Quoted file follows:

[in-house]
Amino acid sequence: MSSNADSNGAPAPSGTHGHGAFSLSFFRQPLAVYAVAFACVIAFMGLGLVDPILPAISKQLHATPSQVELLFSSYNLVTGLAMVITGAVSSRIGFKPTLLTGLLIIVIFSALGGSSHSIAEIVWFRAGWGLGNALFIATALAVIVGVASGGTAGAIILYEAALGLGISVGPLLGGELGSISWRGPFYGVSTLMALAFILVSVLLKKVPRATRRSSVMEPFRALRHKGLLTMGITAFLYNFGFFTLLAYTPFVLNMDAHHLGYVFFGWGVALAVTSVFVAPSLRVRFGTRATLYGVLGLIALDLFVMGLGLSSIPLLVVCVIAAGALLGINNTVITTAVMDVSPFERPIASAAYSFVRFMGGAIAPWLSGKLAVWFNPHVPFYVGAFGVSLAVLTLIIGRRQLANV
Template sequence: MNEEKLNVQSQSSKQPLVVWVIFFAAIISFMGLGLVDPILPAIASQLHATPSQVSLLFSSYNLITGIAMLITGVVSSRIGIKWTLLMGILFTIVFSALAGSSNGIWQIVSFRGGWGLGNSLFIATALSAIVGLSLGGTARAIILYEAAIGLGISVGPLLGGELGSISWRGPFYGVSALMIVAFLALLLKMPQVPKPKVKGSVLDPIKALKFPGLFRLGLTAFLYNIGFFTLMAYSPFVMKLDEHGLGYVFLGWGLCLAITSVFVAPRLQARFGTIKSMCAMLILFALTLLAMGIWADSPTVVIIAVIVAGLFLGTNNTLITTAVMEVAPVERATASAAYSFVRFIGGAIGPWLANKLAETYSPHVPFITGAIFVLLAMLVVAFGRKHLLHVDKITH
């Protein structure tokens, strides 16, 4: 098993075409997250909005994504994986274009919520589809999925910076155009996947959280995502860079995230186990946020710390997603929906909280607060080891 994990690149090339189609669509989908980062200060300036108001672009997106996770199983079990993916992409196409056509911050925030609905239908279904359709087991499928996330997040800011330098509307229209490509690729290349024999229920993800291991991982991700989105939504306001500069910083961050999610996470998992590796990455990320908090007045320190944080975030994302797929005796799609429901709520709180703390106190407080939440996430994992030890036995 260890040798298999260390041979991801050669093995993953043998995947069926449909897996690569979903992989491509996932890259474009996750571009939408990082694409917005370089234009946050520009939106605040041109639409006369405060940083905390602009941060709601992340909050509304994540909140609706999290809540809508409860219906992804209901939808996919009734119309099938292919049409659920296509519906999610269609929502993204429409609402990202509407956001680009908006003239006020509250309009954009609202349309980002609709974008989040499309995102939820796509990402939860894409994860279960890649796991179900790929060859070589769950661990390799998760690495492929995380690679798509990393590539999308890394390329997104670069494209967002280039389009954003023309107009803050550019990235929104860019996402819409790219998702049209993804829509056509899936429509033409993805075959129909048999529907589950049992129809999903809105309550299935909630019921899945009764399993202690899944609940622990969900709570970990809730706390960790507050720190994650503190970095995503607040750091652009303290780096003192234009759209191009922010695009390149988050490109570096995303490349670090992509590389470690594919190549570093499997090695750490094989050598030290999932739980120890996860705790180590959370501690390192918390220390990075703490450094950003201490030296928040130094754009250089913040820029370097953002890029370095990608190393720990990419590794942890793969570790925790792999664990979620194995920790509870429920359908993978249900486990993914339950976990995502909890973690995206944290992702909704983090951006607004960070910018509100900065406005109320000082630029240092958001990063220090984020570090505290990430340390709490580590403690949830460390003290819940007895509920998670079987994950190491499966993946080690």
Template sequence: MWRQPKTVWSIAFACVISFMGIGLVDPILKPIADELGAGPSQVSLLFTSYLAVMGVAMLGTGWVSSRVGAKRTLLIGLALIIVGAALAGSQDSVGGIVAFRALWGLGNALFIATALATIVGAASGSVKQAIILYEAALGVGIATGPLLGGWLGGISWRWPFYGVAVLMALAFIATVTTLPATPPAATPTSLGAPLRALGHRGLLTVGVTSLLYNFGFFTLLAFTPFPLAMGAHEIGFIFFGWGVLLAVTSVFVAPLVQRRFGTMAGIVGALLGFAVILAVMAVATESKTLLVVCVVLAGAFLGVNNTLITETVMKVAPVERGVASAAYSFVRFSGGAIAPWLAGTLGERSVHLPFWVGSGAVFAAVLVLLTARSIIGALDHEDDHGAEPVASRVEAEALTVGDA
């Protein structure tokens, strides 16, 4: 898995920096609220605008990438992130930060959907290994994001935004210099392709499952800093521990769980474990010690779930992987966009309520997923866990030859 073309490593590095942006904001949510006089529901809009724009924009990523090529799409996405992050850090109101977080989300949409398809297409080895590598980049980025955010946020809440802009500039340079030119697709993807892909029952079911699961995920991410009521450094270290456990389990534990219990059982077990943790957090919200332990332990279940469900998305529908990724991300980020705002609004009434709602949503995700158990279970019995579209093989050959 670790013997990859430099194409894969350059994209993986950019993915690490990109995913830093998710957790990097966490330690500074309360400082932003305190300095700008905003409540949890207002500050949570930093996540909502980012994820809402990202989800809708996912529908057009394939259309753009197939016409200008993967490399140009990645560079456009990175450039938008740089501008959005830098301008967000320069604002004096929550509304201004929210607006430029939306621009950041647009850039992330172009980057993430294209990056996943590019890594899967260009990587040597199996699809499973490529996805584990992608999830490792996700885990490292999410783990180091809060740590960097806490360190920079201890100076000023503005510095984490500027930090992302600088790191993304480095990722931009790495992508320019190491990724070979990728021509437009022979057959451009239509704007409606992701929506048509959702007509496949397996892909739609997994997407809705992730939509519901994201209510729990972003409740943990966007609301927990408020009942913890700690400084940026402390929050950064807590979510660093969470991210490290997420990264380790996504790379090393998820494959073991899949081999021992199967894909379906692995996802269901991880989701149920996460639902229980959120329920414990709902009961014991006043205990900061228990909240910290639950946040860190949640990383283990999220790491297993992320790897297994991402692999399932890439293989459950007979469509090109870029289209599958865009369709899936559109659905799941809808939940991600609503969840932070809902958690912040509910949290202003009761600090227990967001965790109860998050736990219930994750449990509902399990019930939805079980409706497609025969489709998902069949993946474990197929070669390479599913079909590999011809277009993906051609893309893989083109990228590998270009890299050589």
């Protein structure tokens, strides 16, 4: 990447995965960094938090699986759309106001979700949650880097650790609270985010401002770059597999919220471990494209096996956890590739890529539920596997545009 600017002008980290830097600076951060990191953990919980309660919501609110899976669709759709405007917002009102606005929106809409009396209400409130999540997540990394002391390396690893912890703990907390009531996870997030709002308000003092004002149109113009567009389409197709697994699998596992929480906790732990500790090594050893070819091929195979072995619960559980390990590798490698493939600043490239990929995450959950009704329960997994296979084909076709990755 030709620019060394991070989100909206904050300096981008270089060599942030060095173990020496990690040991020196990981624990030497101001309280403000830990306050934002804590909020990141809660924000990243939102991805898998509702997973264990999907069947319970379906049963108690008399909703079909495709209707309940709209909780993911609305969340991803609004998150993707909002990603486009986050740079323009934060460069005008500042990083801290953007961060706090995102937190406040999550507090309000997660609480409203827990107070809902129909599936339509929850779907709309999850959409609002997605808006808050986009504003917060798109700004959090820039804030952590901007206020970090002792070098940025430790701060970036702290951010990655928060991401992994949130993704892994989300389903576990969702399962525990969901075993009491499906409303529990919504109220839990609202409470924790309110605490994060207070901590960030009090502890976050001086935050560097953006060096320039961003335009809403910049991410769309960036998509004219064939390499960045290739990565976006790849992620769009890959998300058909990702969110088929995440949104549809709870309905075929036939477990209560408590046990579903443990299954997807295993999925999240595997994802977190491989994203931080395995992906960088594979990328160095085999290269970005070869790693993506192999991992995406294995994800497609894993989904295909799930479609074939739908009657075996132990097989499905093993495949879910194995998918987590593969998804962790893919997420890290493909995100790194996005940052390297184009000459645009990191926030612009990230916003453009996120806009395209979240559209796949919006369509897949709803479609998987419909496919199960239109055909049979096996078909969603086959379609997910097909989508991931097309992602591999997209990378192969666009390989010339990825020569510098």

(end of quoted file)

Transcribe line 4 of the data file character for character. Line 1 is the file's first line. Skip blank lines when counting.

């Protein structure tokens, strides 16, 4: 098993075409997250909005994504994986274009919520589809999925910076155009996947959280995502860079995230186990946020710390997603929906909280607060080891 994990690149090339189609669509989908980062200060300036108001672009997106996770199983079990993916992409196409056509911050925030609905239908279904359709087991499928996330997040800011330098509307229209490509690729290349024999229920993800291991991982991700989105939504306001500069910083961050999610996470998992590796990455990320908090007045320190944080975030994302797929005796799609429901709520709180703390106190407080939440996430994992030890036995 260890040798298999260390041979991801050669093995993953043998995947069926449909897996690569979903992989491509996932890259474009996750571009939408990082694409917005370089234009946050520009939106605040041109639409006369405060940083905390602009941060709601992340909050509304994540909140609706999290809540809508409860219906992804209901939808996919009734119309099938292919049409659920296509519906999610269609929502993204429409609402990202509407956001680009908006003239006020509250309009954009609202349309980002609709974008989040499309995102939820796509990402939860894409994860279960890649796991179900790929060859070589769950661990390799998760690495492929995380690679798509990393590539999308890394390329997104670069494209967002280039389009954003023309107009803050550019990235929104860019996402819409790219998702049209993804829509056509899936429509033409993805075959129909048999529907589950049992129809999903809105309550299935909630019921899945009764399993202690899944609940622990969900709570970990809730706390960790507050720190994650503190970095995503607040750091652009303290780096003192234009759209191009922010695009390149988050490109570096995303490349670090992509590389470690594919190549570093499997090695750490094989050598030290999932739980120890996860705790180590959370501690390192918390220390990075703490450094950003201490030296928040130094754009250089913040820029370097953002890029370095990608190393720990990419590794942890793969570790925790792999664990979620194995920790509870429920359908993978249900486990993914339950976990995502909890973690995206944290992702909704983090951006607004960070910018509100900065406005109320000082630029240092958001990063220090984020570090505290990430340390709490580590403690949830460390003290819940007895509920998670079987994950190491499966993946080690």